Ripple hopes the Biden administration will introduce

Ripple hopes the Biden administration will introduce more crypto-friendly regulation

Ripple general counsel Stu Alderoty predicted that the Biden administration will „help create a level playing field for all“ in the crypto world

The late 2020s have certainly not been a good time for Ripple: the US Securities and Exchange Commission, under Donald Trump’s administration, has filed a lawsuit against the company for unauthorised securities issuance. Ripple’s leadership, however, is looking to 2021 and the new US President in the hope that they will introduce more Immediate Bitcoin favourable regulations for the company.

According to a post on Ripple’s website, which features comments from key executives, the company expects the Biden administration to bring „renewed focus on regulation and enforcement“ to the crypto world:

„As we have seen, the lack of a clear regulatory framework in the US over the past four years has left fintech and blockchain companies in limbo. […] Other countries such as the UK, Switzerland, Singapore and Japan are far ahead.

Both Ripple’s CEO, Brad Garlinghouse, and its co-founder, Chris Larsen, had already criticised the SEC’s policy of „regulating through enforcement“ before the lawsuit.

Stu Alderoty, the company’s general counsel, was quoted within the article: he believes that the Biden administration will make crypto regulation a top priority over the next four years because it „understands the implications for public and private sector innovation“.

„Smart, well-designed regulations, effectively communicated and uniformly enforced, can help level the playing field so as to spark innovation and further mainstream adoption here in the United States.“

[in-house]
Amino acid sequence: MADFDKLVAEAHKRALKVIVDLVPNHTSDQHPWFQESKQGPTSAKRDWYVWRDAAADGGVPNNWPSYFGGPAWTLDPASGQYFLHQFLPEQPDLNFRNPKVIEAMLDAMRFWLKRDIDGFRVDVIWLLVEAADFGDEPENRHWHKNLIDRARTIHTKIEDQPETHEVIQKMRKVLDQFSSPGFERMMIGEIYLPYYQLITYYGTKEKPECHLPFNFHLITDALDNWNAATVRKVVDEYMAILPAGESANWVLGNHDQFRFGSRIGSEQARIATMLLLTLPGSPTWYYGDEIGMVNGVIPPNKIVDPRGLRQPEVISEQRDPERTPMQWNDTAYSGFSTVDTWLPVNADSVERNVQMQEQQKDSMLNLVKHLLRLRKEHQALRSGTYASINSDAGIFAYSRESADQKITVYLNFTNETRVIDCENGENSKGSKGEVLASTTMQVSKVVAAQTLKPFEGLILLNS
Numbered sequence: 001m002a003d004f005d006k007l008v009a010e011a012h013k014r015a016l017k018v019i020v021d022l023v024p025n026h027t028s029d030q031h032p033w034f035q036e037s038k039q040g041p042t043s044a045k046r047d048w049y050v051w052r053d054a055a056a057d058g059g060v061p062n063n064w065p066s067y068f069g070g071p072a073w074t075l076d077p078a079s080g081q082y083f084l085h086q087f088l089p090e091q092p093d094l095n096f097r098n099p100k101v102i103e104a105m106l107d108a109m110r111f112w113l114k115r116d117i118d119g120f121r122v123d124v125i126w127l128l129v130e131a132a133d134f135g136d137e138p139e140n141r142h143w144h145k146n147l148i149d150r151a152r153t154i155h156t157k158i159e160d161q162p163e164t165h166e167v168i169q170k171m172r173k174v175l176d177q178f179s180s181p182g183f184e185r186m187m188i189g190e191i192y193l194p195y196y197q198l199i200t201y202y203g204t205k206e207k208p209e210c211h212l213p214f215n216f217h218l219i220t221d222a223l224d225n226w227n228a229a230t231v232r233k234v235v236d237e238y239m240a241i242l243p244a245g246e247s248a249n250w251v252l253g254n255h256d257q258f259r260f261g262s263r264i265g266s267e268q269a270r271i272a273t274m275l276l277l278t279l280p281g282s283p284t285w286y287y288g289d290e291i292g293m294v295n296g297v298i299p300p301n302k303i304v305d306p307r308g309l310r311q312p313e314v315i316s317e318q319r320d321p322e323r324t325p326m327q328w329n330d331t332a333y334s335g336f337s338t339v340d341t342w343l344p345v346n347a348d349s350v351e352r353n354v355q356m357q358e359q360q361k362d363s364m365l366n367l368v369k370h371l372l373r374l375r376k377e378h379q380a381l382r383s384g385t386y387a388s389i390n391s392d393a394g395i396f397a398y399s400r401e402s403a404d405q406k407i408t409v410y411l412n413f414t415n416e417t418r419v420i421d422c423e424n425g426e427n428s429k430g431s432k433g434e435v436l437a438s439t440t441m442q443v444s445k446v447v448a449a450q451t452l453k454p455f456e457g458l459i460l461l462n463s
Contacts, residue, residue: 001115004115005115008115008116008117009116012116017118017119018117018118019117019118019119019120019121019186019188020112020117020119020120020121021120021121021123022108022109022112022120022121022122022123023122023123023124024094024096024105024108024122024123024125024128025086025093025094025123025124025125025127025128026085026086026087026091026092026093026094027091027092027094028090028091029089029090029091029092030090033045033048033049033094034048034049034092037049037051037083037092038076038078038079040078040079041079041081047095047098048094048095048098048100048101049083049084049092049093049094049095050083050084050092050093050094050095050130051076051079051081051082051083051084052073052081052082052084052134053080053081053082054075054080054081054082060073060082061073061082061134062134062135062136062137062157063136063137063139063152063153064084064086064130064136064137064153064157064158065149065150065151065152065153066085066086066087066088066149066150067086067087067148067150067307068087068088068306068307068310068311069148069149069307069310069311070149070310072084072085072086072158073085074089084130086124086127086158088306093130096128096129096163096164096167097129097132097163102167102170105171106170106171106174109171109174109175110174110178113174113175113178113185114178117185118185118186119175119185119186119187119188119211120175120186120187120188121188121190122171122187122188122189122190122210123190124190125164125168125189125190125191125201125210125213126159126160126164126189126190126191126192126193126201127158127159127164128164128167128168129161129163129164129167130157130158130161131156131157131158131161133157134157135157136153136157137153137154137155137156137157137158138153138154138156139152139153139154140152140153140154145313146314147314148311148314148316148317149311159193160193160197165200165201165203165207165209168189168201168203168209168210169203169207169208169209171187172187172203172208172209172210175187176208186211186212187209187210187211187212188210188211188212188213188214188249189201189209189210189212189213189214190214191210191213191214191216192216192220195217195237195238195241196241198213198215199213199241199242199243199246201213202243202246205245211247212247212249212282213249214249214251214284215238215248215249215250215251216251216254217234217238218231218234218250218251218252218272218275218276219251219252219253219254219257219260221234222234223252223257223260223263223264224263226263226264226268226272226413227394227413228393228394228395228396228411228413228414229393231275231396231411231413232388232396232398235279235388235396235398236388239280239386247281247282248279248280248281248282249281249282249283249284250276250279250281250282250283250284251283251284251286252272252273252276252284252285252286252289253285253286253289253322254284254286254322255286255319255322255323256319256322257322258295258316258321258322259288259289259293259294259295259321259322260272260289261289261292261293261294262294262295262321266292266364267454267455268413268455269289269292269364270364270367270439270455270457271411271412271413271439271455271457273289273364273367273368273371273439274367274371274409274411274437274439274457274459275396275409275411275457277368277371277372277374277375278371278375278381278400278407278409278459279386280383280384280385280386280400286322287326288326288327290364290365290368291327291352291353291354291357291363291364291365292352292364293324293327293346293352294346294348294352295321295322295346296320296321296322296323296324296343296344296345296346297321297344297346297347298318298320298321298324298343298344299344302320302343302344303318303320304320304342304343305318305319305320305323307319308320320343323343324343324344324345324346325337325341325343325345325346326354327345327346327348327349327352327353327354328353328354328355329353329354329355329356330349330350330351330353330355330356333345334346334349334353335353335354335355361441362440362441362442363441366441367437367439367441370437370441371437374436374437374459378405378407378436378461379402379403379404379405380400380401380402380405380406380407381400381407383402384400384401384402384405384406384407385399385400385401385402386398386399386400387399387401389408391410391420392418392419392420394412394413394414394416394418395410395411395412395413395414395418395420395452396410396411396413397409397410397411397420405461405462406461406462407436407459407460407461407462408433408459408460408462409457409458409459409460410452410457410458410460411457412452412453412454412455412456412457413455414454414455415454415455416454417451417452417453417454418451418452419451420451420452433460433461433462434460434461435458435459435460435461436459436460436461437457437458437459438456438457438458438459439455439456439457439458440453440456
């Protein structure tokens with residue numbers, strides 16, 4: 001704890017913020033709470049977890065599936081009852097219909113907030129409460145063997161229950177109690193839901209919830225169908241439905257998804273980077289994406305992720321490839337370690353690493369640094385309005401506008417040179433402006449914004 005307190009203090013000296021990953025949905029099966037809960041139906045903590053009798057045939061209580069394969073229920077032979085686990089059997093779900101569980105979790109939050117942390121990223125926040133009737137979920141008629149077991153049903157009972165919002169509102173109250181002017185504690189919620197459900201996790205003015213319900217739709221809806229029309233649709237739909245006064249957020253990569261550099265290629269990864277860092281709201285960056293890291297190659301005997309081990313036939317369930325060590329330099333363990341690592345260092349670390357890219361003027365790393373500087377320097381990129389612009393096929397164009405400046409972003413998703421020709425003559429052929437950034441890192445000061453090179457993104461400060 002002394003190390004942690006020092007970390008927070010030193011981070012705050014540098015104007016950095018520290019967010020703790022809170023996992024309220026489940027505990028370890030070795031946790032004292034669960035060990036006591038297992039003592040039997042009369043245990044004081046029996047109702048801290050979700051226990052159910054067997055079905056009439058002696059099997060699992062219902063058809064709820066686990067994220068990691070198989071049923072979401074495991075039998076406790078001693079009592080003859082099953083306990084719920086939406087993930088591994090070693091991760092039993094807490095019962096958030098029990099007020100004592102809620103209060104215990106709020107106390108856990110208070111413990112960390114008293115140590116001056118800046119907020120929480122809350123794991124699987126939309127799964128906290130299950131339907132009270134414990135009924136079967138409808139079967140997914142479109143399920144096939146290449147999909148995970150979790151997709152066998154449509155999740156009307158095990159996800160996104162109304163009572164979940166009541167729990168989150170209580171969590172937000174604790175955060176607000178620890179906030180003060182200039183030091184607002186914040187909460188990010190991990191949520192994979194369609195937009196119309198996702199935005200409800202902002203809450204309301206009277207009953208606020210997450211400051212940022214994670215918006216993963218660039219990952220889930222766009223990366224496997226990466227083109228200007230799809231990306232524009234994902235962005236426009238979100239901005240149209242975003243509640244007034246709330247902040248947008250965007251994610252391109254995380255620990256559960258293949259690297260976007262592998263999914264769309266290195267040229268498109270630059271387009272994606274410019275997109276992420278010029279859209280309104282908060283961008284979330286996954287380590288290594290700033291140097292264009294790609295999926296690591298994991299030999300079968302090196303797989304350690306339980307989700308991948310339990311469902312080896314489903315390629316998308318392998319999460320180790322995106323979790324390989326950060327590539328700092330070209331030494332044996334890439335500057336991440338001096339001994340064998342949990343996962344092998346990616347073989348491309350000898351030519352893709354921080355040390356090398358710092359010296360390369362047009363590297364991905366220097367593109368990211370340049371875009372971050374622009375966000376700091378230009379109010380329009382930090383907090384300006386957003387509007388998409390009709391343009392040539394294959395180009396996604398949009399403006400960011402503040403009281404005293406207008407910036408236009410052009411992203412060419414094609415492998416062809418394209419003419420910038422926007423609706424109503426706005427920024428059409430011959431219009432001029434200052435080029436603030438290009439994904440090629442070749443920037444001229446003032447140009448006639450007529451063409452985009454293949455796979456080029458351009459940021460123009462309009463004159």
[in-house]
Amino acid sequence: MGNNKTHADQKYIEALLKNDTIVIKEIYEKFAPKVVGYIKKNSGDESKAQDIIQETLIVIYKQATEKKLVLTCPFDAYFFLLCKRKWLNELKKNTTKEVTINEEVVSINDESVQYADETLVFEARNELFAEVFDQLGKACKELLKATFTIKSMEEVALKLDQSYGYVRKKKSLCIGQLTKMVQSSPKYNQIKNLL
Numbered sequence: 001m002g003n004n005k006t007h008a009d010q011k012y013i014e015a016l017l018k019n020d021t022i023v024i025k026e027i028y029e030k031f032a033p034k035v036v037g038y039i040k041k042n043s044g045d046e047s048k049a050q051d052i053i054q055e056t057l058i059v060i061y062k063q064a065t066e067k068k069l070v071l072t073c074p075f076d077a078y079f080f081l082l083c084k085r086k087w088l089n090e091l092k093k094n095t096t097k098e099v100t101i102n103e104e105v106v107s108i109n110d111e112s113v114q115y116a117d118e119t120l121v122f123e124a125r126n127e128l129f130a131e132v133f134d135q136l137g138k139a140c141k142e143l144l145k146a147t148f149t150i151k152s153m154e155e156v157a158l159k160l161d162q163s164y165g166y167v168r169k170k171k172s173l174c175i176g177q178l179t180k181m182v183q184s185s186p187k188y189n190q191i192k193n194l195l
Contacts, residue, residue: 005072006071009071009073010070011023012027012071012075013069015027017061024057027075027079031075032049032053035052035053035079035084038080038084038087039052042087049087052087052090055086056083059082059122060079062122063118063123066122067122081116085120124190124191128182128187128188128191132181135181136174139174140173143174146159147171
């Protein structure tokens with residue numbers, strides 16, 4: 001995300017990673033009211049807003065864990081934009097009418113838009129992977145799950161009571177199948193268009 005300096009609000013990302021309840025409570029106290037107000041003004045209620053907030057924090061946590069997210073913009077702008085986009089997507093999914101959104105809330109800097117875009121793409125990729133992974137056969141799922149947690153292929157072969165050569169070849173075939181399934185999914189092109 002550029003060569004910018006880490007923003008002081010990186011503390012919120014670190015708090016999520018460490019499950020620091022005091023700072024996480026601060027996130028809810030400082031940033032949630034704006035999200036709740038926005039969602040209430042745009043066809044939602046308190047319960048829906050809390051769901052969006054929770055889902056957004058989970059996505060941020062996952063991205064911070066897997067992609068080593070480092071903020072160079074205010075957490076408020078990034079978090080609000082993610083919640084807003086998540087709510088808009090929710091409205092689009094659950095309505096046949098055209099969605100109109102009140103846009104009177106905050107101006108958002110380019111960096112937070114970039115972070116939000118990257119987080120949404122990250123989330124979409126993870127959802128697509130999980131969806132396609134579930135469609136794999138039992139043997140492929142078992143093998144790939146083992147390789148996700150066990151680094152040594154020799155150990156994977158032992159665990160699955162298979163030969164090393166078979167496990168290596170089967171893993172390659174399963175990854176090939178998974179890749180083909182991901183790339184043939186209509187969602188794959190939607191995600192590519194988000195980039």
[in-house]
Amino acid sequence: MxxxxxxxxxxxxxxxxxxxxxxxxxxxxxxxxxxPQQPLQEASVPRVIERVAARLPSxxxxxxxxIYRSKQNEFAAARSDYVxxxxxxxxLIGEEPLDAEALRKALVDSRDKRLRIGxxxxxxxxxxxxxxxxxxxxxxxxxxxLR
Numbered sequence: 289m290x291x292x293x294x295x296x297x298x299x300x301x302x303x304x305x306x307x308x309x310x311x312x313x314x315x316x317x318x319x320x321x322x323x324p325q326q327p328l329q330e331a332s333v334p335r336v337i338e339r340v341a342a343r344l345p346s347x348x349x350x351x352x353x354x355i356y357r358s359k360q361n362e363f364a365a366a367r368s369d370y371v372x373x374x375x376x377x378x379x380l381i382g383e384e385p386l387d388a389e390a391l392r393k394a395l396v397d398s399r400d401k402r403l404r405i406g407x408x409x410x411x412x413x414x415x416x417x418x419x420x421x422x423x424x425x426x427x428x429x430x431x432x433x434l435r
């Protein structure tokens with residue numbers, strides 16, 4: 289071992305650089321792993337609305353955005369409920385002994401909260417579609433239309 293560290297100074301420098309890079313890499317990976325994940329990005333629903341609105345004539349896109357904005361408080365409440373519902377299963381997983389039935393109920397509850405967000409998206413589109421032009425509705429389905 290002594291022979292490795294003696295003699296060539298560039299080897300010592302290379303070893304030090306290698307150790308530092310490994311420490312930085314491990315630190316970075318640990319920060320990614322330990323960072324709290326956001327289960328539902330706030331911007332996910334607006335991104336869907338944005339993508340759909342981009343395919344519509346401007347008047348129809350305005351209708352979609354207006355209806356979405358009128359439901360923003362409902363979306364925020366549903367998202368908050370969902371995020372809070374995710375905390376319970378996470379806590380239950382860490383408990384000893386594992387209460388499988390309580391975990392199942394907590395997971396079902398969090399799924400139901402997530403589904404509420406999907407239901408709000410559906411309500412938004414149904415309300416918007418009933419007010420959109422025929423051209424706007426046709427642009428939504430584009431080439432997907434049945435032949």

Garlinghouse reiterated these remarks yesterday, praising Biden’s nominee for SEC chair, Gary Gensler, as being very knowledgeable about blockchain and cryptocurrency:

„Congratulations to Gary Gensler! We look forward to working with the SEC and the Biden administration for the future of crypto and blockchain innovation in the US.“

Incidentally, it should be noted that co-founder Jed McCaleb has resumed his sale of XRP

He owned as much as 9.5 billion of it, which he received before leaving the company in 2014. Crypto analyst Leonidas Hadjiloizou reported that McCaleb sold 28.6 million XRP yesterday, about $8.5 million at the time of publishing this article, after a 25-day absence following news of the lawsuit between Ripple and the SEC.

In December, Whale Alert reported that in 2020 McCaleb had liquidated 1.2 billion XRP, earning $400 million: this brought the total number of tokens in his possession to around 3.25 billion.

The first act in the lawsuit between Ripple and the SEC is expected to take place on 22 February, when a pre-judgment virtual conference is scheduled. At the time of publishing this article, the price of XRP is hovering around $0.28, down 5.8 percent from yesterday.

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